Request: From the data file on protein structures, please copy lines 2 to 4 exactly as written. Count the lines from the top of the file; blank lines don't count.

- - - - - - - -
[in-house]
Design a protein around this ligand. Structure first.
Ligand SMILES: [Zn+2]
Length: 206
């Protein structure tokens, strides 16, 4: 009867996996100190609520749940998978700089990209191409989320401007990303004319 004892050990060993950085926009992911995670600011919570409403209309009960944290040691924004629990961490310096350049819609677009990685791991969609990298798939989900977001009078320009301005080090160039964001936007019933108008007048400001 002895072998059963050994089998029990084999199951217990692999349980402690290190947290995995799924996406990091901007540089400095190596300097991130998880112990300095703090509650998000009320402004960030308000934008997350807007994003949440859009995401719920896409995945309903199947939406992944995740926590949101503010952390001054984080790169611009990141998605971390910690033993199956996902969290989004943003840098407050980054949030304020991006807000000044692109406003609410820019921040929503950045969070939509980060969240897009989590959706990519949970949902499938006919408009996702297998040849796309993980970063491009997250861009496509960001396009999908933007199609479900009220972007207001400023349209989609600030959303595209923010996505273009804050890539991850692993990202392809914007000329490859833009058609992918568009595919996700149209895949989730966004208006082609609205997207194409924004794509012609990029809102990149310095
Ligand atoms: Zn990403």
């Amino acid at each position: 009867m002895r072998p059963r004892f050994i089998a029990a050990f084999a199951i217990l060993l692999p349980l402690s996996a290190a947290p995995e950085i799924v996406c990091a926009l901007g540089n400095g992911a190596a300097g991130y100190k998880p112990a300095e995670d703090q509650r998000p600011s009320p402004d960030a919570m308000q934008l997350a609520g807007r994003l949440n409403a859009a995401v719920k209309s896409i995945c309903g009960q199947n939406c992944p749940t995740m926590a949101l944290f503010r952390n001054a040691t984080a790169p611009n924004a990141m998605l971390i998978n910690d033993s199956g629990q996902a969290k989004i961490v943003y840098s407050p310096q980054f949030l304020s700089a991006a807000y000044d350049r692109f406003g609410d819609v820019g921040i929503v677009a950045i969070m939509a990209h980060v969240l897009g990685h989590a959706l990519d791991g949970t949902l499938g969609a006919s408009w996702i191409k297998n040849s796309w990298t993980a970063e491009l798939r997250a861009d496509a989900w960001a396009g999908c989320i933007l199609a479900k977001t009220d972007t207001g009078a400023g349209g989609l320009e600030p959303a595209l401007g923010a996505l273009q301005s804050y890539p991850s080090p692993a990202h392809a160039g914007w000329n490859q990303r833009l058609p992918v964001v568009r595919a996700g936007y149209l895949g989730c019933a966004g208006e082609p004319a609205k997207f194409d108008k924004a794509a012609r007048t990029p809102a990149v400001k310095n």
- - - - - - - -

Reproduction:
Design a protein around this ligand. Structure first.
Ligand SMILES: [Zn+2]
Length: 206